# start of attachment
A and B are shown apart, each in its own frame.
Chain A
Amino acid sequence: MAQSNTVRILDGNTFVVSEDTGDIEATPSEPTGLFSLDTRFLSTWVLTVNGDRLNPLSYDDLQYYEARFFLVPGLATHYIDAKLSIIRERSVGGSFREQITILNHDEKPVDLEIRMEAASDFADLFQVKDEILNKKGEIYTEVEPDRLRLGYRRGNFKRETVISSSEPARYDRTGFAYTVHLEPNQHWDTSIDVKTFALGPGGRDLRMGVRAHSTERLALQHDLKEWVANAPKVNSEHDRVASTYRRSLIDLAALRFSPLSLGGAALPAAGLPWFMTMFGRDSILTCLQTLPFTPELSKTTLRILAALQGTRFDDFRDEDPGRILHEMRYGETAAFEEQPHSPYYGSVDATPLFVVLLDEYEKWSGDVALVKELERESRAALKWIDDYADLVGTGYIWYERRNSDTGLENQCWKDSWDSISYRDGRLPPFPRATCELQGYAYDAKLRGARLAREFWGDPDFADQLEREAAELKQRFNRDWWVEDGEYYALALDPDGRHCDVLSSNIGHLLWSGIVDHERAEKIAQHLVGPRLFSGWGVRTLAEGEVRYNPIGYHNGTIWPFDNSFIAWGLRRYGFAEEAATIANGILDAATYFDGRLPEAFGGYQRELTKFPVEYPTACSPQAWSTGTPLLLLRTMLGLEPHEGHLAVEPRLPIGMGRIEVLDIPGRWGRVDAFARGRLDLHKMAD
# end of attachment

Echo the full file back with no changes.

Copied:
A and B are shown apart, each in its own frame.
Chain A
Amino acid sequence: MAQSNTVRILDGNTFVVSEDTGDIEATPSEPTGLFSLDTRFLSTWVLTVNGDRLNPLSYDDLQYYEARFFLVPGLATHYIDAKLSIIRERSVGGSFREQITILNHDEKPVDLEIRMEAASDFADLFQVKDEILNKKGEIYTEVEPDRLRLGYRRGNFKRETVISSSEPARYDRTGFAYTVHLEPNQHWDTSIDVKTFALGPGGRDLRMGVRAHSTERLALQHDLKEWVANAPKVNSEHDRVASTYRRSLIDLAALRFSPLSLGGAALPAAGLPWFMTMFGRDSILTCLQTLPFTPELSKTTLRILAALQGTRFDDFRDEDPGRILHEMRYGETAAFEEQPHSPYYGSVDATPLFVVLLDEYEKWSGDVALVKELERESRAALKWIDDYADLVGTGYIWYERRNSDTGLENQCWKDSWDSISYRDGRLPPFPRATCELQGYAYDAKLRGARLAREFWGDPDFADQLEREAAELKQRFNRDWWVEDGEYYALALDPDGRHCDVLSSNIGHLLWSGIVDHERAEKIAQHLVGPRLFSGWGVRTLAEGEVRYNPIGYHNGTIWPFDNSFIAWGLRRYGFAEEAATIANGILDAATYFDGRLPEAFGGYQRELTKFPVEYPTACSPQAWSTGTPLLLLRTMLGLEPHEGHLAVEPRLPIGMGRIEVLDIPGRWGRVDAFARGRLDLHKMAD